Like many others, Green and Daniels examine the calls of baseball umpires. In keeping with this literature there is no shortage of decisions being examined. In keeping with this literature Green and Daniels find that the umpires’ decisions are not purely a function of ball position. The dynamics of the game matters.
Most of the literature suggests that classifying a baseball in position X as a “ball” on one occasion, and as a “strike” on another occasion, implies an error on the part of the umpire. In this literature, the strike zone is fixed. In this literature inconsistency implies error and any statistical correlation with non-rule factors implies associated bias.
Green and Daniel disagree with the “attribution of bias”. Green and Daniels make the case for a varying strike zone. A sort of situational umpiring. This is driven by the view that “pitchers and batters behave differently in different counts” and the umpires expect such changes. It means that the umpires expect a different distribution of ball positions depending on the count and this conditions their calls. It seems a plausible explanation of reality. The predictive power of their model provides empirical support.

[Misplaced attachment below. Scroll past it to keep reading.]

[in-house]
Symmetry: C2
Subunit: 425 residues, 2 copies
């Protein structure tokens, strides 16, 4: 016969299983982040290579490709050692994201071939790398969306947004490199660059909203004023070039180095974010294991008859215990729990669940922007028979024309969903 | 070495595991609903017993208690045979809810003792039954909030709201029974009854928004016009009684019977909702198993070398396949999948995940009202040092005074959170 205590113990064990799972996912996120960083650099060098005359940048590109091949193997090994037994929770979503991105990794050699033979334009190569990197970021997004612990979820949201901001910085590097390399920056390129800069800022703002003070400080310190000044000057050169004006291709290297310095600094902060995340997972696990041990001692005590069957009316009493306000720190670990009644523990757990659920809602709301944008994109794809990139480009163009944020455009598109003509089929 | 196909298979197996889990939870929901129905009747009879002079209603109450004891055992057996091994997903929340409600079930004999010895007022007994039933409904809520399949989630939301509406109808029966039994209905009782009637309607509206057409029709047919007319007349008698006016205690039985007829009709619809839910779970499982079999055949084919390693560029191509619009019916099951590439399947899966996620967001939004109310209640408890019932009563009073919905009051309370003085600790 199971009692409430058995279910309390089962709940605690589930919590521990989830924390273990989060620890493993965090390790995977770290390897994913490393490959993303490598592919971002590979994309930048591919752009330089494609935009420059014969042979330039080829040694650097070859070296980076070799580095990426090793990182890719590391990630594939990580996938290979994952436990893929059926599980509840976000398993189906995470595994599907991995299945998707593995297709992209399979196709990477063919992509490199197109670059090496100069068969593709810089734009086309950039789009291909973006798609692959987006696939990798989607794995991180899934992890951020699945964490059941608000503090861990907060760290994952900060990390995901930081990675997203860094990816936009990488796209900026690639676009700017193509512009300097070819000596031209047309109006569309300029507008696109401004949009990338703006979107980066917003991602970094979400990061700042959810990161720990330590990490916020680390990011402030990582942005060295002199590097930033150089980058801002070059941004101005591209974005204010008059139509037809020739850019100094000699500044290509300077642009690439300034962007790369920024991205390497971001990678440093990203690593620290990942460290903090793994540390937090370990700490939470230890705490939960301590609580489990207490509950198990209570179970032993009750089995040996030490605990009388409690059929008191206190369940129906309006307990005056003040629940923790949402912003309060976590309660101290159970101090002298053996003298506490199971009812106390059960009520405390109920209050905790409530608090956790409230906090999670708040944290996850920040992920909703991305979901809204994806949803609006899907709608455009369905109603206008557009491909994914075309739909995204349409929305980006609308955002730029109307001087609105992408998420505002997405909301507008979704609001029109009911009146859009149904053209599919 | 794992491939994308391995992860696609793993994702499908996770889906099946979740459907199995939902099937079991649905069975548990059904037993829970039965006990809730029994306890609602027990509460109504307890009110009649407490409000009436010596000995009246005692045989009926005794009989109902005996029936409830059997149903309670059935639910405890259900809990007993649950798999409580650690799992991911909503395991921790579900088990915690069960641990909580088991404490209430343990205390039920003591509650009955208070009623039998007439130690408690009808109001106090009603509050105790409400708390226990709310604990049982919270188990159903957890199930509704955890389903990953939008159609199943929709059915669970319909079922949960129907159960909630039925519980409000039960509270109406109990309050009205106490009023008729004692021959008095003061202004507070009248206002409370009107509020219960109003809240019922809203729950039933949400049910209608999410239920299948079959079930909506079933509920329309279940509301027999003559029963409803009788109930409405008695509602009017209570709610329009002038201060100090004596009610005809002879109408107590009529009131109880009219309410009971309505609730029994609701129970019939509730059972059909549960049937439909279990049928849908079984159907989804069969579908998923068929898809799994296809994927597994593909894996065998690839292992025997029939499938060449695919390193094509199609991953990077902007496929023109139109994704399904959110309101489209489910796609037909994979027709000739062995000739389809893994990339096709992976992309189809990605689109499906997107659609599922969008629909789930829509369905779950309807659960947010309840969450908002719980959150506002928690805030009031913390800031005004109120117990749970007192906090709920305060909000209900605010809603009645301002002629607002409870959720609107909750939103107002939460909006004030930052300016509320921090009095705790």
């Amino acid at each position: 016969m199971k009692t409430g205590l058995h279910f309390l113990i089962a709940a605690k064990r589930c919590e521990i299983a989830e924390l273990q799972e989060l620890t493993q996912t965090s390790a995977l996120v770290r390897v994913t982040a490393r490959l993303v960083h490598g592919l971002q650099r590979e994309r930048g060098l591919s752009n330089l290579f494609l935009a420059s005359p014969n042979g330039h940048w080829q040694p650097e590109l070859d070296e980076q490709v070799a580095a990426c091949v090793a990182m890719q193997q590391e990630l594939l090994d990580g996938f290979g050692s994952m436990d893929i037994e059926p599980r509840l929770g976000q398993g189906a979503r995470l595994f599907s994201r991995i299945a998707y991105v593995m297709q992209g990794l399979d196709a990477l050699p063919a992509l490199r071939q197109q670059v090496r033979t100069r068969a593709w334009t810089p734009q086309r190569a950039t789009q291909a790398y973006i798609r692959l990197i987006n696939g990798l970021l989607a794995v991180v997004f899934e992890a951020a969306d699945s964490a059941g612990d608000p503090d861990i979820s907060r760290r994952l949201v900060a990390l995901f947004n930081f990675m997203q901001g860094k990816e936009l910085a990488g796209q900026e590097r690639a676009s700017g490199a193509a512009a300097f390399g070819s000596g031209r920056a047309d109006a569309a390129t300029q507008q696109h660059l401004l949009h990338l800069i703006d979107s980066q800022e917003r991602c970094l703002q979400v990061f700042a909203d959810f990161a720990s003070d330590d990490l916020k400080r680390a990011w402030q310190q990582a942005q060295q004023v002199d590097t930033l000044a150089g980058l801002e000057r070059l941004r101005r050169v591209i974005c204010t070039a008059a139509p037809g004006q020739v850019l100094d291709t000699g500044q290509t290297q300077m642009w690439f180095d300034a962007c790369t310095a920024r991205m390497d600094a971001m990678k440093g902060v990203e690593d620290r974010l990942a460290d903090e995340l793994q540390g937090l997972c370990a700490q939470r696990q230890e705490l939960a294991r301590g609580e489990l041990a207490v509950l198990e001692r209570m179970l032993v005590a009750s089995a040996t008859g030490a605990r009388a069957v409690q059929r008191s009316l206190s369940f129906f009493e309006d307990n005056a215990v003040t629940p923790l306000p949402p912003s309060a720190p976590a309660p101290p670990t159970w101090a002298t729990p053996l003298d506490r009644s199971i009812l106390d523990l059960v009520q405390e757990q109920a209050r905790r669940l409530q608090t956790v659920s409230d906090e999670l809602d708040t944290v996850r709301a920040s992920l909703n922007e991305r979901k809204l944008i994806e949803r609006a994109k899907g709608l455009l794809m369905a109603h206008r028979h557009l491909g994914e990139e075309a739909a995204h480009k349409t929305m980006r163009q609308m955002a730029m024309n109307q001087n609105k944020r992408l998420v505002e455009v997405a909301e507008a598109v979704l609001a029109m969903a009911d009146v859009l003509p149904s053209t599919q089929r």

My natural inclination is to try to reconcile the competing perspectives. However, that will take a few more readings.